An Interview with Joost de Valk, Founder & CEO, Yoast
I think that just about every WordPress developer knows the name Yoast – if not the name Joost de Valk – since the Yoast SEO plugin is basically the standard SEO plugin for WordPress. It is certainly one of the handfuls of plugins that I automatically install on every WordPress website. In this interview, I discuss with Joost the changes in his business strategy and focus, his plans for Yoast, and how he sees the future of SEO and WordPress plugins.
HostAdvice: Before diving into Yoast and SEO, please tell me a little bit about yourself and how you got to where you are today.
My name is Joost de Valk, founder and CEO of Yoast, father of three boys and a girl, and husband of Marieke, who runs Yoast alongside me and our business partner Michiel. I’ve been interested in computers from an early age, launching my first website at the age of twelve in 1994. In the early 2000’s, I started blogging as well, mostly about coding, HTML and CSS. In 2005 I was bitten by the open source bug, when I became involved in the WebKit project.
I didn’t have any interest in SEO until 2006, when I understood how it impacted all the sites I built. I started writing about SEO, which led to me speaking about SEO on conferences. Before I knew it, I was a well-regarded expert in the business.
In 2010, I made the decision to start my own business. After about two years, I hired my first employee, Michiel, who is now a partner. In the years after that, Yoast grew like wildfire, not in the least because of the runaway success of our Yoast SEO WordPress plugin.
HostAdvice: A few years ago you made the decision to offer a premium paid version of Yoast SEO in addition to the existing free version. What led to that decision? How has it turned out – do you have as many people opting for the paid version as you had expected?
It’s quite simple: if we get paid to develop a plugin, we can invest in it more. We have a dedicated development team that works around the clock to make our plugins better, develop new features and do research to find out what to focus on next. Our goal is to make SEO available to everyone, and therefore we must have usable, stable plugins that deliver results.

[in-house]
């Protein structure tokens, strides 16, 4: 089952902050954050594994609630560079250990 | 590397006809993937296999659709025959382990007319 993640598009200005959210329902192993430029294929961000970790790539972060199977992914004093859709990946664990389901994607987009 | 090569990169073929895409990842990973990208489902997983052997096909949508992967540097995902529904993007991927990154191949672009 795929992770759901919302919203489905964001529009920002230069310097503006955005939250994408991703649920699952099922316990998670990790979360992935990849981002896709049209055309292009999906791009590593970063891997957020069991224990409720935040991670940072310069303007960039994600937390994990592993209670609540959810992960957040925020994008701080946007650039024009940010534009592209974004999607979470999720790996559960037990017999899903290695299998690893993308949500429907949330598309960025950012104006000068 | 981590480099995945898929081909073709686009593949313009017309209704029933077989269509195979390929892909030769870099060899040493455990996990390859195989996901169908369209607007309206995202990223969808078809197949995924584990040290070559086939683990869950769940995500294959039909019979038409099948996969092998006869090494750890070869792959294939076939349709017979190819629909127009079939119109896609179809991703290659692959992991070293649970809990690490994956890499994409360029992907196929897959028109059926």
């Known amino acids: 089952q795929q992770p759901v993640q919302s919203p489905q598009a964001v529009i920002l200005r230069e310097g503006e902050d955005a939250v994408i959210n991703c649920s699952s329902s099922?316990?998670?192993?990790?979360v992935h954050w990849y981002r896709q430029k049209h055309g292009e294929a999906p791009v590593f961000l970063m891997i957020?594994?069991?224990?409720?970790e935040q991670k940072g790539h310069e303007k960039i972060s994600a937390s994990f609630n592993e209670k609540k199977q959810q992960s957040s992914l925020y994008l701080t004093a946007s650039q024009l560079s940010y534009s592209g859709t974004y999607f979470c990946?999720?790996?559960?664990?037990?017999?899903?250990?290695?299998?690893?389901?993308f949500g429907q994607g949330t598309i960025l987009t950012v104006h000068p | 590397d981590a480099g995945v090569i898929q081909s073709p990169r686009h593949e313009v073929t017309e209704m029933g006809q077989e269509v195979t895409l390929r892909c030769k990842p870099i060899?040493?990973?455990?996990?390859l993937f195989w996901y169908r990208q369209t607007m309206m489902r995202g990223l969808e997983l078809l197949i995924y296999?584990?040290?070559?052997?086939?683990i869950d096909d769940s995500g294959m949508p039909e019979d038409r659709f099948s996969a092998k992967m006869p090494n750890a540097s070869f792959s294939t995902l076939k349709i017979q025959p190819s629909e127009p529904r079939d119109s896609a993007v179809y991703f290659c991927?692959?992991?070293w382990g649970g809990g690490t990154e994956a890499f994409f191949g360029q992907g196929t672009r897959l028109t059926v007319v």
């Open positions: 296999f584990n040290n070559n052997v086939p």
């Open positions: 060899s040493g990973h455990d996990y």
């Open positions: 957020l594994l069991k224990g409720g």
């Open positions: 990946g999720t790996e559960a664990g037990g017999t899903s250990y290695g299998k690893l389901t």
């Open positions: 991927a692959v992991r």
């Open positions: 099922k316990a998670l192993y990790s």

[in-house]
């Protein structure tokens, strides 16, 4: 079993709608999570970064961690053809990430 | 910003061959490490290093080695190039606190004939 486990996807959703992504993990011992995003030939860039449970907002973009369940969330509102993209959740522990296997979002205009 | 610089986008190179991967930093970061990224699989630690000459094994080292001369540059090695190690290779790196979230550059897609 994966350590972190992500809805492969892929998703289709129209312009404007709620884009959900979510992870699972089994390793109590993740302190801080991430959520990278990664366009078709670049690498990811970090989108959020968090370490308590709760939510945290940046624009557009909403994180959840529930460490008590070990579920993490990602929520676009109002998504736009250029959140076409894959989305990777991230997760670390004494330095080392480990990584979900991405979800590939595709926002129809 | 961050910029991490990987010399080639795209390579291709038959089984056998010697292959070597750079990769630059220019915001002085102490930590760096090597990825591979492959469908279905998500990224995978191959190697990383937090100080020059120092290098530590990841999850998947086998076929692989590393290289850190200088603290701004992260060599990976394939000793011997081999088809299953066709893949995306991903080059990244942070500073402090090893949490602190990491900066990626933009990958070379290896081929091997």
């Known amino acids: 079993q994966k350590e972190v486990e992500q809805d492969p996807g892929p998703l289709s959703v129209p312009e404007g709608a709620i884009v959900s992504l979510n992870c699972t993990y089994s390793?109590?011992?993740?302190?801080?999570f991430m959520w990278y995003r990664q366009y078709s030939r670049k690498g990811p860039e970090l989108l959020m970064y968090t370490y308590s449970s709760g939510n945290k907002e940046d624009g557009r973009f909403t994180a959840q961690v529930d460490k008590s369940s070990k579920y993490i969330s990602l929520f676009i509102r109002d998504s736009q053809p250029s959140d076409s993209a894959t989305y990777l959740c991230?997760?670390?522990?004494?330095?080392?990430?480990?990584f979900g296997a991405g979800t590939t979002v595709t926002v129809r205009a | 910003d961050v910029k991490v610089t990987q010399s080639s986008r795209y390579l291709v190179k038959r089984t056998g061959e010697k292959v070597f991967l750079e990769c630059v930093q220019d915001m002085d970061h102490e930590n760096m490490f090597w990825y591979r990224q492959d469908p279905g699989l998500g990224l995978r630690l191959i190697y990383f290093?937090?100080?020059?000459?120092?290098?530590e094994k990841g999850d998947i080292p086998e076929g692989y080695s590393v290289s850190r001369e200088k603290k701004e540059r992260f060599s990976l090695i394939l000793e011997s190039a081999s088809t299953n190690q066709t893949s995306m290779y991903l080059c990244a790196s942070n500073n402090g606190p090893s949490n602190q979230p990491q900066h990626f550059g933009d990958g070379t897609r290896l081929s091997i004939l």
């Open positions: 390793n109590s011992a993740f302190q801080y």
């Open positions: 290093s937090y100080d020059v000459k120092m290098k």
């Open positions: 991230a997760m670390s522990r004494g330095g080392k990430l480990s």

It’s also the reason why we focus so much on accessibility. Everyone, and we mean everyone, should be able to use our plugins. In addition to that, if you are a software developer I’d advise you to do the same.
Getting paid for our work also means we can contribute more to the open source world. We have multiple developers in house that only work on the WordPress core. We feel it’s our duty to give back to the community and products that gave us so much.
HostAdvice: A more recent change, perhaps even more surprising, is that you sold ownership of your other extremely popular WordPress plugin for Google Analytics. You stated in your announcement that the reason for this was so that you could “focus on building best in class SEO products, from plugins to reviews, eBooks and training programs.” Isn’t there a big risk in betting the company on SEO instead of diversifying a little bit?
SEO (including social optimization) is a huge market. Keeping track of that and the analytics market was becoming too much of a burden on the team. As both were still growing, we needed to either grow the company much faster than we felt we could, or choose one product and “get rid” of the other. We chose to do the latter, sought and found a great buyer in Syed and closed that deal pretty quickly.
HostAdvice: Can you give me an idea of the percentage breakdown of revenues for each of your offerings – plugins, site reviews/consulting, eBooks and training programs?
Yoast SEO Premium is our main source of income, with site reviews and eBooks following at a respectable distance. However, our Academy branch is growing fast. People are very much enjoying the courses we put out. We are also focusing more on services now, with our new Yoast SEO Care packages.
HostAdvice: Can you describe for me the process of your website reviews?
Sure, before starting a review, the team will check for objectionable content. When the site passes that test, the team will start looking at the site from a distance. How does it look? Can you make out what the purpose of the site is? How are the graphics? What kind of content is on there? After we have a clear picture of the site, we start analyzing it in-depth.
In these reviews, we check a lot of things. There are over 300 checks on our list. Among other things, we look at site speed, mobile readiness, social media use, the code of the WordPress template used, site structure, error messages and 404 pages. We tend to find the most problems in the content, though. It certainly is a sore point on a lot of sites. And it’s something you should work on if you ever want your site to perform.
HostAdvice: What are the most common mistakes or issues you discover in these reviews?